To the question, why do we need to suffer in order to learn more, we can see some kinds of what we take to be suffering can be for our benefit, because we are multi-layered conscious beings. We operate at multiple levels of conscious agency, and this is the biggest secret that’s been right in front of us all along. We can learn that we ourselves have the ability to rise above the root source of suffering, and this knowledge is powerfully beneficial to us, not just as incarnate beings, but also as spiritual entities when we exist before we are born and after each life. There is a kind of wisdom known as the Perennial Philosophy, which acknowledges that there exists a sense of highest conscious identity operating outside of space and time. In this state of changeless infinite eternity, we can experience awareness that there is a Divine Spark within each and every one of us–and this powerful point-source of our being was forged from the pure state of infinite, eternal consciousness.
The Biggest Question
One of the biggest clues to what is really going on–Soul Trap? Or School?–lies in one of the biggest questions that usually goes unasked. It goes unasked by physicists, and it goes unasked by psychologists and philosophers. It goes unasked because it seems so simple and basic as to be obvious. Yet, if we really stop to think about it,we can start to realize the vastness of it, and the way it can provide us with a better appreciation about what life and reality is truly all about.
This question is: “Who am I?”
Awareness of levels of conscious agency–levels of self–provides us with the idea that we have both Free Will, and also Destiny. When we are living our lives from the Egoic (drama-filled) state of being. Some (high) level of ourselves have the Free Will, and we can operate with awareness that these higher levels of ourselves are who we really and truly are. When we own this truth, we gain the responsibility of living with Free Will–which lifts us above the feeling of being stuck in a deterministic, pre-planned storyline.
For those feeling trapped or imprisoned by reality, and wishing to escape boundaries and limitations, where do they imagine they will be, after breaking free? Might they arrive in nothingness itself? If so, they may be interested in contemplating the true nature of nothingness. Leibniz points out:
“It is true that as the empty voids and the dismal wilderness belong to zero, so the spirit of God and His light belong to the all-powerful One.”
Miracle-Mindedness at Higher Levels of Conscious Agency
I feel a sense of intrinsic freedom via my connection with God / Creator / Source of the Philosophia Perennis that was first named by Leibniz. For those with awareness of divine source, who are open to living in a state of mind of miracle-mindedness, we are operating outside the realm of manipulation by outside forces. This awareness of sovereignty of spirit arrives thanks to surrendering to living in accordance with our highest principles, ethics, and values. We can reform those beliefs and assumptions that had been instilled, due to the fact that beliefs can be reviewed and changed, and we can reprogram our beliefs (as I point out in my book, “Reality Shifts”) by noticing what beliefs are circulating in our thoughts and minds, and flipping around and reversing negative beliefs (those that feel sickening or weakening) to their positive opposites.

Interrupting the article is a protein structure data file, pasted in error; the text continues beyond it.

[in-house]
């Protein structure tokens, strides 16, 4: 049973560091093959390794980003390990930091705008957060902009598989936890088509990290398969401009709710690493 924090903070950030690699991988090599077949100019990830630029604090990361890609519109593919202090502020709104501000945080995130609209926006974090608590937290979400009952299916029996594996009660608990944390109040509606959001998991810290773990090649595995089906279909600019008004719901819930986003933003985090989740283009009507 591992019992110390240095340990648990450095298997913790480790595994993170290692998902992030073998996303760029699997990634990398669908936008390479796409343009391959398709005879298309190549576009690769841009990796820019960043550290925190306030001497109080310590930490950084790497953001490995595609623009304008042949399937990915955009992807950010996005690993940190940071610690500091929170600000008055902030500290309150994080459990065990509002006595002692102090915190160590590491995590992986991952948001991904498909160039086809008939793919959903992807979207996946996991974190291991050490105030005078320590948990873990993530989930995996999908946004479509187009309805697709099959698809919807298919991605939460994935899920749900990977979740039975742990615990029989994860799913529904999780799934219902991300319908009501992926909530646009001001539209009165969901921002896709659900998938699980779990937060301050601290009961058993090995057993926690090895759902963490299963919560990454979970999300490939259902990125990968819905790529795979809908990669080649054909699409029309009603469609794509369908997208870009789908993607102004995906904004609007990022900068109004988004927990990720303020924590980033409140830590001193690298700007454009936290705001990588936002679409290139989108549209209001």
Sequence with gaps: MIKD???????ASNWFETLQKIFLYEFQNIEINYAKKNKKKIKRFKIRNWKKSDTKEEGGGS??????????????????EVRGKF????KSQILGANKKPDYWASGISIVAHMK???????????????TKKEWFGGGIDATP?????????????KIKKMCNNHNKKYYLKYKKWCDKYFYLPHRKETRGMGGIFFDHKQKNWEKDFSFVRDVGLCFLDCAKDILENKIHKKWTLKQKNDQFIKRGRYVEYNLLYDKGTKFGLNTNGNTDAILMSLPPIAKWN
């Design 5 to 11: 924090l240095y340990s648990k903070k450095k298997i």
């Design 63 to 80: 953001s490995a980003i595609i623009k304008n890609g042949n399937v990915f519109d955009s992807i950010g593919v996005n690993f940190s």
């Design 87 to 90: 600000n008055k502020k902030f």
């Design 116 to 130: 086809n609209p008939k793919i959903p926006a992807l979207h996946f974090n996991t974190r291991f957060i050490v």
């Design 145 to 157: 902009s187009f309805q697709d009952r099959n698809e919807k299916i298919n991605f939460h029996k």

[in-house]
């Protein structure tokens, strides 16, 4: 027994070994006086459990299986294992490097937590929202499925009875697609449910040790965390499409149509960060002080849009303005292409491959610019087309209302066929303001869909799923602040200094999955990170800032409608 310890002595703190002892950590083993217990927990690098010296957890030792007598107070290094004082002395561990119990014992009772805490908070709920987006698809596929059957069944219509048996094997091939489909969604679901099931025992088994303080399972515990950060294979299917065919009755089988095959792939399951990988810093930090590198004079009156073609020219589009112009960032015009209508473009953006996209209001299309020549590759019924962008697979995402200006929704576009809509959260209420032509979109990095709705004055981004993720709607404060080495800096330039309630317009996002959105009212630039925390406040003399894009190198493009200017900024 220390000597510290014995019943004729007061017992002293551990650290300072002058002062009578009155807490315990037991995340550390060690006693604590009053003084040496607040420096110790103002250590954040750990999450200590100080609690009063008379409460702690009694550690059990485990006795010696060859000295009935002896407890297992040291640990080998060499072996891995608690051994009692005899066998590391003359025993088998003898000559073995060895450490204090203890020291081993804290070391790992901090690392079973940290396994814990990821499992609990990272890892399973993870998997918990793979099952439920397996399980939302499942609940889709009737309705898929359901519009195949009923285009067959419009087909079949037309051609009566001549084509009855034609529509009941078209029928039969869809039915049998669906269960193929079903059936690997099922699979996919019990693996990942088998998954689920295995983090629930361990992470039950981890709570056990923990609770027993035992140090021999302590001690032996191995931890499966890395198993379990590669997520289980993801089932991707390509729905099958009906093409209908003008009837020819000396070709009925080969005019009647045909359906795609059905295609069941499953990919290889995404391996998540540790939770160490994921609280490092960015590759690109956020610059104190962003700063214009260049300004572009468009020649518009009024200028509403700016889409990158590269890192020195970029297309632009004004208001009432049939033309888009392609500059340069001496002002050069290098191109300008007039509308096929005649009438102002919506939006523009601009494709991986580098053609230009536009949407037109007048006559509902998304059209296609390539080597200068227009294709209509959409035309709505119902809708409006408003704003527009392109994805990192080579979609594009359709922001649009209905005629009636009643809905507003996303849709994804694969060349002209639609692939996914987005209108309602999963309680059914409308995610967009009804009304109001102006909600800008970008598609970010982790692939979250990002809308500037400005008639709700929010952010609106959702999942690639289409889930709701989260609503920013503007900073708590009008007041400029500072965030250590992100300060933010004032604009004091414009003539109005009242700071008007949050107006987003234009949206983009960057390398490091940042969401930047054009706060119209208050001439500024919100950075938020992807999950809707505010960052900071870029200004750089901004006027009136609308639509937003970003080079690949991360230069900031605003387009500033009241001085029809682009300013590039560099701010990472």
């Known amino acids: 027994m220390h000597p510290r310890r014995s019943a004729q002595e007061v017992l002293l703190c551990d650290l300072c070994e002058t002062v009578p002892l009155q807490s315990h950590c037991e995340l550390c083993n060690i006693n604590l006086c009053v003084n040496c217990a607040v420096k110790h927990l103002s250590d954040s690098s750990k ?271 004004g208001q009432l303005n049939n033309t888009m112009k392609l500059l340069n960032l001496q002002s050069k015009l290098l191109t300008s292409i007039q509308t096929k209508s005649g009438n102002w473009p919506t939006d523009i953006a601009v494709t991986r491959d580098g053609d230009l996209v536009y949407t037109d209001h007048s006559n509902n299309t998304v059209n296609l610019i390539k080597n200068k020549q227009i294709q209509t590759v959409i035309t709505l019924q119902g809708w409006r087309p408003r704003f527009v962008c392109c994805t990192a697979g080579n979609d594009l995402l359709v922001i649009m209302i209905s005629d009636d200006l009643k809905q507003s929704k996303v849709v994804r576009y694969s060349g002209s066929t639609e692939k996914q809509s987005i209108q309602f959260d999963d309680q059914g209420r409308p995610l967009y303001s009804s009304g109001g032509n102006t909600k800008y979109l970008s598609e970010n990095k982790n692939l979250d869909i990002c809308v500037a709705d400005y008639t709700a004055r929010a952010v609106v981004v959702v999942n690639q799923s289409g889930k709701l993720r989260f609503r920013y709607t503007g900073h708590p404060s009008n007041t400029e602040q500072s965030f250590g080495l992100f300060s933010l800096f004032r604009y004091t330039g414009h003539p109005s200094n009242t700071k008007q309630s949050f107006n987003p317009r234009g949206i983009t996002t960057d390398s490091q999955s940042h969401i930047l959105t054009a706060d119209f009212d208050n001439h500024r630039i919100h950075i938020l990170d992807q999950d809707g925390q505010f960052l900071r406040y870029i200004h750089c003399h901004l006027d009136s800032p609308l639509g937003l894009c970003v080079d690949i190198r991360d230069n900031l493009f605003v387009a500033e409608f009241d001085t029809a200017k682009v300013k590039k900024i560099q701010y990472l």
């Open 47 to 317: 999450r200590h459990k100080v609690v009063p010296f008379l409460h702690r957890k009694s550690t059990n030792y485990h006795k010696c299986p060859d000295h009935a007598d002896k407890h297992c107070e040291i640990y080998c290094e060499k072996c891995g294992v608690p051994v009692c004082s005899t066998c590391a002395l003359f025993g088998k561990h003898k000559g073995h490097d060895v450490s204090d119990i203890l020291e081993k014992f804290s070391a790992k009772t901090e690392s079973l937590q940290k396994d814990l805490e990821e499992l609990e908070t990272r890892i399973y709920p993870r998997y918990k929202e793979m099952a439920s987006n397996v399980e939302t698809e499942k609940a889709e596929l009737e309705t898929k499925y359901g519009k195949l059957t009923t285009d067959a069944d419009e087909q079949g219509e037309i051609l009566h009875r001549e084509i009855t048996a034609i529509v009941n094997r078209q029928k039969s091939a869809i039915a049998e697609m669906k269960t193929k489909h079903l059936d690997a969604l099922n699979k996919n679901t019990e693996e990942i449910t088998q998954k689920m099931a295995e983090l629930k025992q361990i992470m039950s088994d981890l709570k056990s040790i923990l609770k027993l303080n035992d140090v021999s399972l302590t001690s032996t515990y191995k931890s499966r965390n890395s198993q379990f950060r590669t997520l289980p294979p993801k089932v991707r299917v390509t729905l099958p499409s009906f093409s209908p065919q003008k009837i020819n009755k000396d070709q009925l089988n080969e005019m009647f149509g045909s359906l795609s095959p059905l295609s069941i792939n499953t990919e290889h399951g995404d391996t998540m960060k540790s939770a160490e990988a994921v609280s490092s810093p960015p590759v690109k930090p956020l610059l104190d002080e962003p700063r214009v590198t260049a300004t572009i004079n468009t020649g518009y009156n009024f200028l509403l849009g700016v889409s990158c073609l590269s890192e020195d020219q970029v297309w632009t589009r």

We can gain a finer sense of who we truly are and what level of conscious agency we are currently operating with by observing our thoughts and feelings, and becoming increasingly clearer that we are not our thoughts and feelings–we are the observer of those thoughts and feelings. We can gain this awareness through meditation, and these meditations can prepare us to retain a sense of higher conscious agency, even after being “memory-wiped,” as occurs sometimes when we dream, and when we move from this life to the afterlife.
We need not have any karma or shame when facing our full life review, thanks to training ourselves to rise above the drama of guilt, shame, and regret. Those emotions are so much a part of the Drama Triangle of Egoic self, yet we are capable of witnessing these emotions and feelings, and realizing while we are alive that we are not those feelings.
Practicing lucid dreaming and meditation into silence and nothingness are wonderful ways to train ourselves to access higher levels of our own conscious agency. From that state of consciousness, we have the ability to practice being in astral / out-of-body form, in order that our lives when we are in material bodies can be the fullest and richest possible.
With respect to an Allegory for reality that I feel best aligned with, I love the idea of Axiogenesis, described by philosopher Nicholas Rescher. Axiogenesis has been defined as: A form of metaphysical optimism in which the state of affairs which actually obtains is the one most favorable (of all possible states of affairs) to the development of intelligence and the interests of intelligent beings. Such a philosophy is more in keeping with life and reality providing us all with learning opportunities, rather than being a soul trap. And for those who are agnostics or atheists, such a positive philosophy can be most welcome.
I personally love the idea of the Holy Spirit; I love the idea of the Tao. There is a beauty in the silence of nothingness, and there is a fullness of experiencing the bliss of being an eternal, infinite spirit. When we come out of such meditations, we feel recharged, refreshed, and gain a sense of knowing who we truly are. And this sense of self identity (with associated level of conscious agency) provides us with much deeper and richer awareness of who we truly are, what reality actually is, what we genuinely are living for, and what has deepest meaning to us.